19/09/2006
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Albatross Task Force to the rescue

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Black browed Albatross (photo: Grahame Madge, RSPB).

The albatross is one of the 'super' species in the birding world. They are miracles of nature's engineering. The Wandering Albatross and Royal Albatross have the largest wingspan of any bird (up to 3.5 metres). Their journeys can be only be described as 'epic' — a Grey-headed Albatross from South Georgia has been recorded circumnavigating the globe in a mere 46 days. They are also some of the largest and longest-lived birds. However, many do not now have the opportunity to reach old age.


Albatross and Sir David Attenborough: 'Albatrosses have survived in the harshest marine environment for 50 million years, more than 100 times longer than our own species. However, these magnificent birds are unable to cope with man-made threats: such as longline fishing'. Sir David Attenborough who launched the Save the Albatross campaign (photo: RSPB).

Time is running out for seeing the world's albatrosses. Every year an estimated 100,000 are accidentally killed by longline fishing vessels. This practice uses baited lines over 100 km long, covered with thousands of hooks. It drowns those seabirds which snatch the baits as the longlines are paid out into the sea. Around the world, many albatross populations are declining rapidly, and few of them are immune as longline fishing occurs in every ocean they do. Currently, 19 of the world's 21 species are facing the threat of extinction.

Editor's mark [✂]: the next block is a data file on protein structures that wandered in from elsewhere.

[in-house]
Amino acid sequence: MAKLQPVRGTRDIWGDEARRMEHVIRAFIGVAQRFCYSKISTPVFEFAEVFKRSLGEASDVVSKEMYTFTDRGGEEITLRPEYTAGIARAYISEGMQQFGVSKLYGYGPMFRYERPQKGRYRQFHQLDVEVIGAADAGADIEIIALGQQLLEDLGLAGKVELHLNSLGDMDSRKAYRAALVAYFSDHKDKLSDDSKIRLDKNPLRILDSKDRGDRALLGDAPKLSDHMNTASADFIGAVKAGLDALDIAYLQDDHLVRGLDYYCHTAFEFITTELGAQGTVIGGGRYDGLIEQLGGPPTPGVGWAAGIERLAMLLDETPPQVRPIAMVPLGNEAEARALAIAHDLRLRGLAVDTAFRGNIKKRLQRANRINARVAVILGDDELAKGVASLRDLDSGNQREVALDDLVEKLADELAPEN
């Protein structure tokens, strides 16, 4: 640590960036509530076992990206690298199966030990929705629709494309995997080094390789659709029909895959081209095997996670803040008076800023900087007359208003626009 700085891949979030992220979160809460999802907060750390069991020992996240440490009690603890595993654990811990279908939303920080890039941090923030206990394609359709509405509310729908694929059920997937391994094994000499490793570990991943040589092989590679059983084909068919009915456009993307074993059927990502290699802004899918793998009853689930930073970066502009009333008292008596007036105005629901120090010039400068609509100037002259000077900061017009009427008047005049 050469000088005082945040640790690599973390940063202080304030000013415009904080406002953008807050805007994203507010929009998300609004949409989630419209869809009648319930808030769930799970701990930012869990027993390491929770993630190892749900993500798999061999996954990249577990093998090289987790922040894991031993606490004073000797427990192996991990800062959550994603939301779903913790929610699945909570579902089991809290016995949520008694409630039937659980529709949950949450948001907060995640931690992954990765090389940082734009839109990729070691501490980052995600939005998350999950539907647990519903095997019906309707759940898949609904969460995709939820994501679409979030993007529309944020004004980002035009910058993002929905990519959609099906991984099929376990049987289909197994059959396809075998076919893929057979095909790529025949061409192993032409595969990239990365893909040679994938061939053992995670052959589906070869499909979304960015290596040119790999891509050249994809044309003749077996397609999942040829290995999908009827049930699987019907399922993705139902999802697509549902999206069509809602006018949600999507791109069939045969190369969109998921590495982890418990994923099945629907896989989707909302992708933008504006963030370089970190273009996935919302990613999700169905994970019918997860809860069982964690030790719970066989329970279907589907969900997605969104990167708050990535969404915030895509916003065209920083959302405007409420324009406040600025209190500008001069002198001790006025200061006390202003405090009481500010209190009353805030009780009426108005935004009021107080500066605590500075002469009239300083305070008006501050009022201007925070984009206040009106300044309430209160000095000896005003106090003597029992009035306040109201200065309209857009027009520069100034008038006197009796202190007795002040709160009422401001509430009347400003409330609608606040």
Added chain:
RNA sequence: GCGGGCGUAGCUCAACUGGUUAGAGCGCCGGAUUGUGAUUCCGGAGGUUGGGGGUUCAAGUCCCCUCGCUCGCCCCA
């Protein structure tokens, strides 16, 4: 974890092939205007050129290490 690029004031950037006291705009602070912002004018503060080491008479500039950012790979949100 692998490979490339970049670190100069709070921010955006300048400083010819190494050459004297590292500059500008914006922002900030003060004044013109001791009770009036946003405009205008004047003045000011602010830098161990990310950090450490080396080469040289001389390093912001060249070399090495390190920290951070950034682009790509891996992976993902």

The RSPB and Birdlife want to create a team of 10 people (an Albatross Task Force) across the world to work with fishermen on shore and at sea. We already have five Albatross Task Force members working in South Africa and Brazil. There is hope — the fishermen are catching dramatically fewer birds using the techniques they are being shown.

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Taskforce member photo of fishermen holding dead albatross in South Africa: 'One of the hardest things is feeling sad when a dead bird is hauled up. But I only hope that our work at sea will put a stop to such images'. Meidad Goren, Albatross Taskforce Member working in South Africa (photo: RSPB).

It is estimated that an albatross dies on the end of a longline hook somewhere in the world's oceans every five minutes. The world doesn't have time to wait to save these ancient mariners from oblivion.

The race is on to save these super birds.

To find out more about albatrosses, the work of the task force, or add your support to this work please visit www.savethealbatross.net

Written by: BirdLife International and the RSPB